Leave Louis Spilman’s name on the WHS auditorium
I was a bit confused at first glance of the article in The News Virginian this week that led with confirmation that the Waynesboro School Board isn’t planning to rename the auditorium at Waynesboro High School.
The article didn’t mention any genesis for the notion that there was a movement afoot to rename the auditorium, but a review of The News Virginian website’s letters to the editor section shows a raging debate.
The idea being floated is to rename the auditorium for Daryl Brooks, a Waynesboro native with an impressive resume, including four Black Excellence awards, three Black Alliance Theater awards, and two Joseph Jefferson Award nominations.
Brooks is revered on the Chicago theater scene.
Thing is, the auditorium at the high school is already named for somebody. It’s the Louis Spilman Auditorium, named for the founder and long-time publisher of The News Virginian.
As a cub reporter at The News Virginian, I was tasked back in 1997, the year of Waynesboro’s bicentennial, to write a piece on the history of the paper, and combed through the archives at the paper and the city library to learn as much as I could about its founding.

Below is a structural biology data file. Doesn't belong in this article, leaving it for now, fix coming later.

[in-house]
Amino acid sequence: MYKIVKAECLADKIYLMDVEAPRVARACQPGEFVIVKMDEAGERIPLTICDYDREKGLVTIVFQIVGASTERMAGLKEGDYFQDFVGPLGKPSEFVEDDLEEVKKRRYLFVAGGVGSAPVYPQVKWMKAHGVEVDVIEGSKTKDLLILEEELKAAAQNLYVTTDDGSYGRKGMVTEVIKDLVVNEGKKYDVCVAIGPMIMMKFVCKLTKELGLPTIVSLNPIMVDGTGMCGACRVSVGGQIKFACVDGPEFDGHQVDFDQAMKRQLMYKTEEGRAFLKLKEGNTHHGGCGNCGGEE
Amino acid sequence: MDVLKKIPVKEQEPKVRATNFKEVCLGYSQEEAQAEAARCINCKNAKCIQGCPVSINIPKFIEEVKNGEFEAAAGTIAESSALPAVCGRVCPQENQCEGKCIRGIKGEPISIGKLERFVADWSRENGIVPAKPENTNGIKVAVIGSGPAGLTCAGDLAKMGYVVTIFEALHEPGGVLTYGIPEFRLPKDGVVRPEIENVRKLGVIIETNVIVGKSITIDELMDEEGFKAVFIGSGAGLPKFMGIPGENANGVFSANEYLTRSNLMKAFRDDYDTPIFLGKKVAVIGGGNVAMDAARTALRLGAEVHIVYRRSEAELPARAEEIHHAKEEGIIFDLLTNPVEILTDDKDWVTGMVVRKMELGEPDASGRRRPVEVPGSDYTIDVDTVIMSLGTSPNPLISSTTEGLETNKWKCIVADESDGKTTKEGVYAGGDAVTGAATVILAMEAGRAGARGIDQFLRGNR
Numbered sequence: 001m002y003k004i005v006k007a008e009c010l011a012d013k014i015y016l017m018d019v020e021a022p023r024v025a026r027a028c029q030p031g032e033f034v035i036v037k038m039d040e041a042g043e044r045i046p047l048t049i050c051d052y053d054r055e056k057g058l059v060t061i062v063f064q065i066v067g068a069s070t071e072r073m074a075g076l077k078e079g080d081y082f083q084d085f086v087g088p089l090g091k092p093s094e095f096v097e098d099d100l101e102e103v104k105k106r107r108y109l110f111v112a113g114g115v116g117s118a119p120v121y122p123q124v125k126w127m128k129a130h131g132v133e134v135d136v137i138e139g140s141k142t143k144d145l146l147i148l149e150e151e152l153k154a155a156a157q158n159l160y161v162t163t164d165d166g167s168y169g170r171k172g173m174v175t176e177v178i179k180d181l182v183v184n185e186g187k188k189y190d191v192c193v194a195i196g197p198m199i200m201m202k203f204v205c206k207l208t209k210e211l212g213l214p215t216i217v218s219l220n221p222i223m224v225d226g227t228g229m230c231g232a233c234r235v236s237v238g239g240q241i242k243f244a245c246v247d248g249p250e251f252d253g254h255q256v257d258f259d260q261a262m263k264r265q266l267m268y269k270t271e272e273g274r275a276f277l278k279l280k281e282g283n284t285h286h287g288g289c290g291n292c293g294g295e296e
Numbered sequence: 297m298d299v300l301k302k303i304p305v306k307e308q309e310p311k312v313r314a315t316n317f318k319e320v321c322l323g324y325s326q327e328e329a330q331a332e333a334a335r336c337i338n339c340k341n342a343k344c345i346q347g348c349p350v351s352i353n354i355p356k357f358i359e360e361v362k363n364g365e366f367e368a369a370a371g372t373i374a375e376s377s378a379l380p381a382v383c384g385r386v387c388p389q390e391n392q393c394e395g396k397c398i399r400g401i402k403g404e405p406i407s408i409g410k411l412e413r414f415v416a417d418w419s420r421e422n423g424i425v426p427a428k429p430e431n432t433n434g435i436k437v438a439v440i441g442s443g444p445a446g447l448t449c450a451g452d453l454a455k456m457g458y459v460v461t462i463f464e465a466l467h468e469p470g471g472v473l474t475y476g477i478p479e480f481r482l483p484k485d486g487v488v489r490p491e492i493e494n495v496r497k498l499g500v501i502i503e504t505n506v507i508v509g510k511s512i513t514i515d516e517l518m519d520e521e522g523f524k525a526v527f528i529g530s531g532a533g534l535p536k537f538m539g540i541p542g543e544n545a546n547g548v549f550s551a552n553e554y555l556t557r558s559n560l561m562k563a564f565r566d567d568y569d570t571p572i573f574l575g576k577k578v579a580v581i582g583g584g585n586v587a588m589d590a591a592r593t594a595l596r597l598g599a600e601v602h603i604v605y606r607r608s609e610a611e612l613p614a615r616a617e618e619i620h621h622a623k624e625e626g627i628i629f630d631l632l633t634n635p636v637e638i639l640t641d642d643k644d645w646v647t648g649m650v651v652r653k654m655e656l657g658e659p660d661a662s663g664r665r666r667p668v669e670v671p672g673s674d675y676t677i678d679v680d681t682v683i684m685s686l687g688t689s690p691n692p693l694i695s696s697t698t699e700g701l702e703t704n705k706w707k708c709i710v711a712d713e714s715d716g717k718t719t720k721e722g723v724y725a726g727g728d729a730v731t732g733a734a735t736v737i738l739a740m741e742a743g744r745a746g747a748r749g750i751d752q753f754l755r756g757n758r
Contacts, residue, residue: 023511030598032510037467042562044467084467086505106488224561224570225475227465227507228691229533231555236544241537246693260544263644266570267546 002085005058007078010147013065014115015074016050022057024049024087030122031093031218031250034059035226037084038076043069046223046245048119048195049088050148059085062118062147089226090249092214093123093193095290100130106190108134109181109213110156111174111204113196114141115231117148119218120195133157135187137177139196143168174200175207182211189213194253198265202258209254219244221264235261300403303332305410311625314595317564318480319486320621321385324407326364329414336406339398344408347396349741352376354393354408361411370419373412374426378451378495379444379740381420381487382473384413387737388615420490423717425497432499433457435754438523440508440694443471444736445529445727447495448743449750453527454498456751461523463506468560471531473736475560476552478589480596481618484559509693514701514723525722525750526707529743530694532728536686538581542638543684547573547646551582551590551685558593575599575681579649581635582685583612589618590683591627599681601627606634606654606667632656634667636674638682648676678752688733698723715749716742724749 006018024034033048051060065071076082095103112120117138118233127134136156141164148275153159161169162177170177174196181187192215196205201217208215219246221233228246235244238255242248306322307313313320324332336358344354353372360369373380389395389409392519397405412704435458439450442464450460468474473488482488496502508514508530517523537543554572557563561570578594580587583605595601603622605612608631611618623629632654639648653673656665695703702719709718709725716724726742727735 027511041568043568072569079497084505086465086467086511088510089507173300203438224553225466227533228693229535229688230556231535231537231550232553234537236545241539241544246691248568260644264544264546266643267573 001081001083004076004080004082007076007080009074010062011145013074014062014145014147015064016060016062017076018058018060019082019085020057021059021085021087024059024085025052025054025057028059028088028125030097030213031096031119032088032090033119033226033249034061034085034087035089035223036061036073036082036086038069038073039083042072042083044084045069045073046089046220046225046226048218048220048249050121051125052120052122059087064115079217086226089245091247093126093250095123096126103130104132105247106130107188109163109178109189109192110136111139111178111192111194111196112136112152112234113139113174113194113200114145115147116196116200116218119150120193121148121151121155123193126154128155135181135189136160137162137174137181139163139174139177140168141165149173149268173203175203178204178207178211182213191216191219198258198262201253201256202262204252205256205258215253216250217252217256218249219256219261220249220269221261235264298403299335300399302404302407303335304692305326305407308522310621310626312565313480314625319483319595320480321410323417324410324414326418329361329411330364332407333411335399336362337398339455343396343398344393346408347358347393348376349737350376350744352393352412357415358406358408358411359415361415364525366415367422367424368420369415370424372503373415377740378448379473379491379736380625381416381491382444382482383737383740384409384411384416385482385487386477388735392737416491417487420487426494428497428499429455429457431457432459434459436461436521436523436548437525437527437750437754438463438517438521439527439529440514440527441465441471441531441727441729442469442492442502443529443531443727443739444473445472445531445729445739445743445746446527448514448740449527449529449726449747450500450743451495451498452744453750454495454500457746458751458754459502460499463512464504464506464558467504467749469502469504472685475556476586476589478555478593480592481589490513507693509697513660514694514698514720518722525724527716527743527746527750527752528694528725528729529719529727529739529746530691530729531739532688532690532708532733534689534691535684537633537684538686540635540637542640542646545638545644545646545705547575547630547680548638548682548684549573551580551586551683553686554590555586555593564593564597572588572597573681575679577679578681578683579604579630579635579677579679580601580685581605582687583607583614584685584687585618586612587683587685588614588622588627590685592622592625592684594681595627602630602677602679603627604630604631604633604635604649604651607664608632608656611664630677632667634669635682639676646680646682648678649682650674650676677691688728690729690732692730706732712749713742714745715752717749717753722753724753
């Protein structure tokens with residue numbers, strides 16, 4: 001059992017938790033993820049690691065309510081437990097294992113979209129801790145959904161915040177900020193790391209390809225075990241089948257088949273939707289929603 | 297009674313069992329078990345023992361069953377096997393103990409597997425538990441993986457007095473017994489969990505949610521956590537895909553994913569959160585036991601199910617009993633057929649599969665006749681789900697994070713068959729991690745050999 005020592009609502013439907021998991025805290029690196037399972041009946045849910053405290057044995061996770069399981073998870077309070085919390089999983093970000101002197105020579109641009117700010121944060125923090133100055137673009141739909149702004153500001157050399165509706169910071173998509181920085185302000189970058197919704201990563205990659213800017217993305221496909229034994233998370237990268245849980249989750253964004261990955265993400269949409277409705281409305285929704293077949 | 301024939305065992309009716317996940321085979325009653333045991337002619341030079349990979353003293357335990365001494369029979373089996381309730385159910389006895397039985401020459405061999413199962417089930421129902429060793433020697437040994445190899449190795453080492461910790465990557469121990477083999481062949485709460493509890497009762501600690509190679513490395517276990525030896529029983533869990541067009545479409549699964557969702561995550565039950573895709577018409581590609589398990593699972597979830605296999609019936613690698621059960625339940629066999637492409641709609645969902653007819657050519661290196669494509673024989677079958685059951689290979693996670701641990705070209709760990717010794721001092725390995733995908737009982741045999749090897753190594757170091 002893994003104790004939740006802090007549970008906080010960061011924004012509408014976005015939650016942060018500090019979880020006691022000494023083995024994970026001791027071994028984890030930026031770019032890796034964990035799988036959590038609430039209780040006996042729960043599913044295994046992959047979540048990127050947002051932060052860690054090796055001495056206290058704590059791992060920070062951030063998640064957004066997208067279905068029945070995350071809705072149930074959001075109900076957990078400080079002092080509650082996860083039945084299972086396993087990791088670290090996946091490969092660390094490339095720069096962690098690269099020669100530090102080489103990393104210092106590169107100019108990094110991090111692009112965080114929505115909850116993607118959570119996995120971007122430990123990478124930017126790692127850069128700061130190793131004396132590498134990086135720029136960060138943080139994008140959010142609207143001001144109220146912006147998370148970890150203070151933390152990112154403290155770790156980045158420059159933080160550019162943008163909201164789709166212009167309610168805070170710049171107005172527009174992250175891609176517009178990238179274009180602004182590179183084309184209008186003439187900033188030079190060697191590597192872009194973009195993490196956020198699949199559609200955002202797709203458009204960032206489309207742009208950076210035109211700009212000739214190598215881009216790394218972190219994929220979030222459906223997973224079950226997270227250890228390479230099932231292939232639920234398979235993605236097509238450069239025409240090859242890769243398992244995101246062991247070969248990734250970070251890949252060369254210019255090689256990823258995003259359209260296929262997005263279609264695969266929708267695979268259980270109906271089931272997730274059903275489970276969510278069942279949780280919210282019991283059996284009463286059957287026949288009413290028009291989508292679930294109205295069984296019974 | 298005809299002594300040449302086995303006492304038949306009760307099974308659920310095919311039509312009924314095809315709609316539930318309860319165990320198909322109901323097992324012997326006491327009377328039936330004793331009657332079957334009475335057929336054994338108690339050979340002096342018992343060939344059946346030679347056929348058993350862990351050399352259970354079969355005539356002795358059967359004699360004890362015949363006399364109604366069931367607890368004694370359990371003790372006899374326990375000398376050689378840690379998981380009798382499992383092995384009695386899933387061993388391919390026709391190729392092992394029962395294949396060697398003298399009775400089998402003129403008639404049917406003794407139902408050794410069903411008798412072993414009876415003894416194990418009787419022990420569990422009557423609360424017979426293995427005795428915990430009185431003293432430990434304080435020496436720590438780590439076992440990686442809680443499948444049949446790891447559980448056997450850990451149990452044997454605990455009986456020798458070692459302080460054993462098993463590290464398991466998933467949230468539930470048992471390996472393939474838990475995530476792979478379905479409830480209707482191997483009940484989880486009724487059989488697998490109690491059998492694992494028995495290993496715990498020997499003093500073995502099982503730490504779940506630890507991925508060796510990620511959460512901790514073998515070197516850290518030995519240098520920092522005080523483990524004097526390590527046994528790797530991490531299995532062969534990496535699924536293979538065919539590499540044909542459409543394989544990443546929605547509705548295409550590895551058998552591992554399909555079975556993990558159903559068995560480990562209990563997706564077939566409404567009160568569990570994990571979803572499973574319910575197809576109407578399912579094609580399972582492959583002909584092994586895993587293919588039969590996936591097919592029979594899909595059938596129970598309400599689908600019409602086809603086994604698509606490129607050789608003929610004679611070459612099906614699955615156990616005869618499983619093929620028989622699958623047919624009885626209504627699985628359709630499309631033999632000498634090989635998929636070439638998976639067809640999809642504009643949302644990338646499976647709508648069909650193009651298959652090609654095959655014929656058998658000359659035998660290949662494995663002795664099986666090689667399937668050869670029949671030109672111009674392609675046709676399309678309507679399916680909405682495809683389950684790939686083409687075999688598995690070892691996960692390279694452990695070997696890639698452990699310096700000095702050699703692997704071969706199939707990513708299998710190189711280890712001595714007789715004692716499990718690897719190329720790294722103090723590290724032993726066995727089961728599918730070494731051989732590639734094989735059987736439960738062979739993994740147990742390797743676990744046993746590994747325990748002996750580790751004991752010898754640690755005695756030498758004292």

Spilman founded the paper in 1929, and think about that date. If you remember from history class stock market crash and beginning of the Great Depression, you’re right.
It was also the year that DuPont came to Waynesboro, so 1929 would be a momentous year in Waynesboro history for a few reasons.
Spilman was also instrumental in securing funding for the construction of Waynesboro High School, lobbying Congress in his capacity as newspaper editor and vice mayor of Waynesboro.
Ground was broken in 1936, at the depths of the Depression, and the school opened in 1938.
It was Spilman who coined the nickname for the WHS sports teams, the Little Giants, after the Little Giants of his college alma mater, Wabash College in Crawfordsville, Ind.
What I’m getting at here is that it’s not just a name on a building. Louis Spilman founded the newspaper, served on the city council, helped build the high school, named the sports teams.
All direct impacts on people in Waynesboro, for generations.
Daryl Brooks has done a lot in the Chicago theater world.
He’s a role model for local students who dream of making it big in the world.
I’m just not sure that what he has done in Chicago is enough to merit taking the name of somebody who made Waynesboro a better place to live off the auditorium.
Column by Chris Graham